MARY REICHARD, HOST: Today is Thursday, July 5th. Good morning! This is The World and Everything in It from member-supported WORLD Radio. I’m Mary Reichard.
NICK EICHER, HOST: And I’m Nick Eicher. The desire for security is deeply implanted in almost every human heart. But how and where to find it proves elusive to many.
REICHARD: WORLD Editor in Chief Marvin Olasky wrote about this in a 2009 column for our sister publication WORLD Magazine. It’s recorded in Marvin’s recent book of columns called Worldview.
MARVIN OLASKY, EDITOR IN CHIEF: Søren Kierkegaard wrote sardonically that the history of the world is the history of boredom. And boredom, he added, is “the root of all evil.” He went on to say, Adam’s boredom led to Eve, Eve’s boredom led to snake-listening, Cain’s boredom led to murder, more boredom led to Babel, and so on.
Far be it from me to contradict the Danish philosopher, but an amusing-ourselves-to-death America these days may be characterized less by boredom than by anger. A few years ago liberal reporter Dana Milbank noted how angry the left is. He wrote, “even under Obama, the anger on the left is, if anything, more personal and vitriolic than on the right.”
He settled on one explanation: People get angry about a particular issue, and even that is resolved, they find other things to be angry about. Anger has become a habit.
That’s true, and not just in the present. For millennia, people have been used to being angry: Look at all the wars. Maybe we have so much fighting because of boredom, but I see it as the result of sin multiplied by social insecurity, one result of the fall of man.
Adam and Eve were at first secure in every way in the garden, but many of their descendants for millennia have been spiritually and materially impoverished—and angry.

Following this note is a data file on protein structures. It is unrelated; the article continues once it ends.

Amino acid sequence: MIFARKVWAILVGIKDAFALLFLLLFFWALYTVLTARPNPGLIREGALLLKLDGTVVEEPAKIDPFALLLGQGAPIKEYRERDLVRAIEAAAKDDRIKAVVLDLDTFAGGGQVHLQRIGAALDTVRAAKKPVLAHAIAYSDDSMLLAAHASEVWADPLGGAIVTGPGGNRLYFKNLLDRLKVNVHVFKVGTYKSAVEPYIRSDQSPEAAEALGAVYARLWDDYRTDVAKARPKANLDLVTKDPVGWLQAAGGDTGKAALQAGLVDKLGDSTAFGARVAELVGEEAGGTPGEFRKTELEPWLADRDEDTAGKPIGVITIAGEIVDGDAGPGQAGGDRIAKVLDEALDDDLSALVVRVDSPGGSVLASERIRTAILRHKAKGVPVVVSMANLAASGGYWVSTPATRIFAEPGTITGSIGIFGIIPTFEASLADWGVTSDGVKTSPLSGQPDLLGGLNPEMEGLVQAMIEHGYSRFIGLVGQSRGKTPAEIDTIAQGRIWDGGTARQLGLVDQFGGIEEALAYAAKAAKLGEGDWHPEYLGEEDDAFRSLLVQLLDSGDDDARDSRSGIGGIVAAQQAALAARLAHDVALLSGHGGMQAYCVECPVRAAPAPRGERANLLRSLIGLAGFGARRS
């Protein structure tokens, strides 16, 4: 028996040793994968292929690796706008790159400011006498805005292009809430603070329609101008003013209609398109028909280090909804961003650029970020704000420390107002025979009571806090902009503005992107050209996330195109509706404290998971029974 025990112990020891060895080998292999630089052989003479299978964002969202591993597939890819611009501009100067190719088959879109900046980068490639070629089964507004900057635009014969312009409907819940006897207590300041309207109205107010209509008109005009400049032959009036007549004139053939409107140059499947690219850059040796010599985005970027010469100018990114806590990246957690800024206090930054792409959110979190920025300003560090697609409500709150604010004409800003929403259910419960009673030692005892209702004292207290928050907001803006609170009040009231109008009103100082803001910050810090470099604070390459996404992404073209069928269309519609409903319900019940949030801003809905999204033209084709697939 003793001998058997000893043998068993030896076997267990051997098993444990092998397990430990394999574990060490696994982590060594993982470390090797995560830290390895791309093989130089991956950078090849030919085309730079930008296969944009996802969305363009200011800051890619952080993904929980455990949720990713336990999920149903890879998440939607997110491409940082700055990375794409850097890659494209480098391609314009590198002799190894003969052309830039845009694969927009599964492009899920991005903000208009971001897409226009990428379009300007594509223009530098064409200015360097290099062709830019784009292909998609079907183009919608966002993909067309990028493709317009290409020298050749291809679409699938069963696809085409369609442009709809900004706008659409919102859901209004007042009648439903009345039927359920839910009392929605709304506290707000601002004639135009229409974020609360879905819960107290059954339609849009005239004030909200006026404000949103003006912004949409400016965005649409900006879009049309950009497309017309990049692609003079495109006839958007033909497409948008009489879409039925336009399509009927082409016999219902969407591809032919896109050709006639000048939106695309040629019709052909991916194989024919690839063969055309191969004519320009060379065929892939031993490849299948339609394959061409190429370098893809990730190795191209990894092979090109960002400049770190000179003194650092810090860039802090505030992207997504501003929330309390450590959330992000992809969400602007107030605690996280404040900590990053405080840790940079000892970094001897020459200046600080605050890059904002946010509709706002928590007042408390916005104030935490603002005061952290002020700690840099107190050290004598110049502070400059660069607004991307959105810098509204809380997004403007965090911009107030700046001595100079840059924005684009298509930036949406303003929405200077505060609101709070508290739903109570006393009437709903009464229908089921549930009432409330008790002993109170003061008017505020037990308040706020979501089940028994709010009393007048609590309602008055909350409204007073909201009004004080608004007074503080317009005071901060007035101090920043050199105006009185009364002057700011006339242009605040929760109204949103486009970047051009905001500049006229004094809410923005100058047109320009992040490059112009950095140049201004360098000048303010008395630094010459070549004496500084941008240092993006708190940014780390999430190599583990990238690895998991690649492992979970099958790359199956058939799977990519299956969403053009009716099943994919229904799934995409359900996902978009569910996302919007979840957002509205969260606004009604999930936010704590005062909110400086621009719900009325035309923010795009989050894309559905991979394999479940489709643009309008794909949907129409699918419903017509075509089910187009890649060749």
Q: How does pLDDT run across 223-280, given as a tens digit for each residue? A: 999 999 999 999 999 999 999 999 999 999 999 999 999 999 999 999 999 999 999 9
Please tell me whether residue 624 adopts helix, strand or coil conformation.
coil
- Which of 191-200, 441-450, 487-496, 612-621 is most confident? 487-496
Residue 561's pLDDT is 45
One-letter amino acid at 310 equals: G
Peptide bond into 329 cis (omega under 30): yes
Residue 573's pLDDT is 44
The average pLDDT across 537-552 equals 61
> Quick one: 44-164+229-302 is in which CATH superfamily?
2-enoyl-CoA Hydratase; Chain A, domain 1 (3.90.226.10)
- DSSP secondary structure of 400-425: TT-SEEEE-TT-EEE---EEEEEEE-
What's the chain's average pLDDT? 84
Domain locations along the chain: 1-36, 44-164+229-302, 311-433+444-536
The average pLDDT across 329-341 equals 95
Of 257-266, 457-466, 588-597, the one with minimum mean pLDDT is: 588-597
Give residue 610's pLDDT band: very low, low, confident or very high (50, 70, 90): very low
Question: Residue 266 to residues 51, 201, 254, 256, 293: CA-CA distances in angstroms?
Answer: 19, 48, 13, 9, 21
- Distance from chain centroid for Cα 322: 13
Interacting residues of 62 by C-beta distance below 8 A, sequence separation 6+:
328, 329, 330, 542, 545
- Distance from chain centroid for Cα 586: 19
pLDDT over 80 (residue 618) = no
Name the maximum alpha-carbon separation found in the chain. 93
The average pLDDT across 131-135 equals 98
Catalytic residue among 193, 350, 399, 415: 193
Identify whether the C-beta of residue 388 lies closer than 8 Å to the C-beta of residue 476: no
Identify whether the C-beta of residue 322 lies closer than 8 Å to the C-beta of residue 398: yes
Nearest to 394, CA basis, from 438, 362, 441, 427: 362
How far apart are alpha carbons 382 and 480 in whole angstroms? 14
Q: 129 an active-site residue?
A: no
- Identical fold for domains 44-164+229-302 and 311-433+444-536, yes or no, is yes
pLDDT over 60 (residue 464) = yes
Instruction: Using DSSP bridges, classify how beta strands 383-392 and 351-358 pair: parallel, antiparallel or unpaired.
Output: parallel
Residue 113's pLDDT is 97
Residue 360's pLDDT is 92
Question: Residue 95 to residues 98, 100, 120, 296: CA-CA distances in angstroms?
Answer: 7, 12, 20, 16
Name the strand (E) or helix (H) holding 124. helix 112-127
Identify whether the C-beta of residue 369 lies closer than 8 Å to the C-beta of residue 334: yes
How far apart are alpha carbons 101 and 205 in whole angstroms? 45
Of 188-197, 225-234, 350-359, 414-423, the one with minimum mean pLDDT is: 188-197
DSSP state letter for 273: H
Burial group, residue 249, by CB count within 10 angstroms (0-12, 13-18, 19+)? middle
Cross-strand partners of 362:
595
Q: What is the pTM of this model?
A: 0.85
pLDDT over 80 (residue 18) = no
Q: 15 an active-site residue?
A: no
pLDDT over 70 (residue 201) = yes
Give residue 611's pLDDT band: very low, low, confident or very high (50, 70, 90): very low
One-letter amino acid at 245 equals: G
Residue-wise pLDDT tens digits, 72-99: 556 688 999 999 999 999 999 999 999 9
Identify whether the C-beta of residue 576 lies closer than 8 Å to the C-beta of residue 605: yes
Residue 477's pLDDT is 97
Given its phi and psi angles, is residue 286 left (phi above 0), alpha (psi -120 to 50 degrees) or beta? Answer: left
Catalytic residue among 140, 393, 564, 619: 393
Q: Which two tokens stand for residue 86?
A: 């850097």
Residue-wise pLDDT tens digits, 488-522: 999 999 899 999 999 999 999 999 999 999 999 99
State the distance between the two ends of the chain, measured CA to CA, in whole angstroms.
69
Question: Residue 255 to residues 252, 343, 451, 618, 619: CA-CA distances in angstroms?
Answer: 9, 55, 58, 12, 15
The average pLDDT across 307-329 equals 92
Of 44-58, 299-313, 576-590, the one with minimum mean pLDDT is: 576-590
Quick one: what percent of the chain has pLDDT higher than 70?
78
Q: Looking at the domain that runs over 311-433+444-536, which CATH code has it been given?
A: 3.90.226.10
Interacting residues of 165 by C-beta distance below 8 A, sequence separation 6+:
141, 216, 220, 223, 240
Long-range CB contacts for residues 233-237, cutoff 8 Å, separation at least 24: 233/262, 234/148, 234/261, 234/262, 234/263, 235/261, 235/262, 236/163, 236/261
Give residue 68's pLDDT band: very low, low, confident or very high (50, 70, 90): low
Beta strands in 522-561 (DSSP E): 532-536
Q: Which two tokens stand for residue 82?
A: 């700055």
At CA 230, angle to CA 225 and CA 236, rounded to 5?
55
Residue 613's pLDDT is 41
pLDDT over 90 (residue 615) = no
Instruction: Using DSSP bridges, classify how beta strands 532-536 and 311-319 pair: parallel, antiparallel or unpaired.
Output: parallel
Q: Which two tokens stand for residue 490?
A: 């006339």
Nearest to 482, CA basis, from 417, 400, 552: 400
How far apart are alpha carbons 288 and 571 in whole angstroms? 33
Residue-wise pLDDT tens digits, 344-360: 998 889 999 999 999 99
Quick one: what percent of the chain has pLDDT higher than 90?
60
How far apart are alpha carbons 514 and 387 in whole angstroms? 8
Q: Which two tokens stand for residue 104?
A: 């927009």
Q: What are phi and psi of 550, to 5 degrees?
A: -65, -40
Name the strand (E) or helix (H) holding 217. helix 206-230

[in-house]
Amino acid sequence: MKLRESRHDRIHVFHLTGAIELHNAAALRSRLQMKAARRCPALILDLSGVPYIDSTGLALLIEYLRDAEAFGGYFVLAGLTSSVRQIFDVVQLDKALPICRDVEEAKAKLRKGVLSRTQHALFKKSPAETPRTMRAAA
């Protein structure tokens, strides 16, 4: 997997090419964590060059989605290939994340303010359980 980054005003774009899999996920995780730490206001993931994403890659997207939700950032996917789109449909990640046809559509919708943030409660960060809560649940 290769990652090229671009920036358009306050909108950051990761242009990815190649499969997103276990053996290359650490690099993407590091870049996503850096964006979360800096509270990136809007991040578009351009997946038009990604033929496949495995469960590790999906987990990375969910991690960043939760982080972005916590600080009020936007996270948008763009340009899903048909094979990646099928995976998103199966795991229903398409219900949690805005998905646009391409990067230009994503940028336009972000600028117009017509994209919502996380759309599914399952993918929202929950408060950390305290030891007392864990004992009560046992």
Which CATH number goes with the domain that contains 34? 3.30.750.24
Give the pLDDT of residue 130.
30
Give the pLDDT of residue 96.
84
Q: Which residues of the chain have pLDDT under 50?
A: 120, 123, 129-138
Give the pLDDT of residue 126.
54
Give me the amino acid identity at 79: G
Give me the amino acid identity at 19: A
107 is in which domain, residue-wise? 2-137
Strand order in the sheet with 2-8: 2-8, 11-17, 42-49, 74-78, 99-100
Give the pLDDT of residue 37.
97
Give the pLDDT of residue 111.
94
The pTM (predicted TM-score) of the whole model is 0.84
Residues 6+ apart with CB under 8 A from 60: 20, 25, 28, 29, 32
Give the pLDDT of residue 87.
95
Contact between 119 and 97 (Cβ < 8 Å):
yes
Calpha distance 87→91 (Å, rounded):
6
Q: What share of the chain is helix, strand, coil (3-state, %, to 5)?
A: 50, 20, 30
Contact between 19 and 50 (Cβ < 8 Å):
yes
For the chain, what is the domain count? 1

The second half of the twentieth century became for many Americans an unprecedented era of material security. My father-in-law spent his whole working life at Ford. Millions of others had similar careers. Professors could gain tenure. Journalists could have steady jobs. Blue-collar workers had unions. Farmers had price supports. The elderly gained Social Security and Medicare. Antibiotics and medical improvements ended epidemics that once left parents burying most of their children.
And yet anger persisted. Some children still died. Cancer still threatened. Accidents happened. Cold War possibilities were nightmarish. No matter what precautions we took, the ultimate insecurity of death would soon leave all staring into nothingness, apart from the hope that faith in God allows.
So what has happened in our brave new century? In 2001 a day of horror led to the creation of the Department of Homeland Security, the name itself generated by insecurity. Now lifetime corporate employment is gone. Newspapers are dinosaurs. New colleges don’t have tenure. Social Security is insecure. And now, even post-recession, many jobs are gone and others going.
If neither material security nor insecurity work, what’s the solution? The same as to virtually every problem in the world: faith in Christ. Since we’re sinners, we are all prone to insecurity, unless we realize that our security is not subjective but objective, not dependent on what we do but on what Christ has done.
We feel secure when we know deep down that all things work together for the good of those who believe in Him. Some might sneer: Superficial answer! No.
There’s nothing deeper.
For WORLD Radio, I’m Marvin Olasky.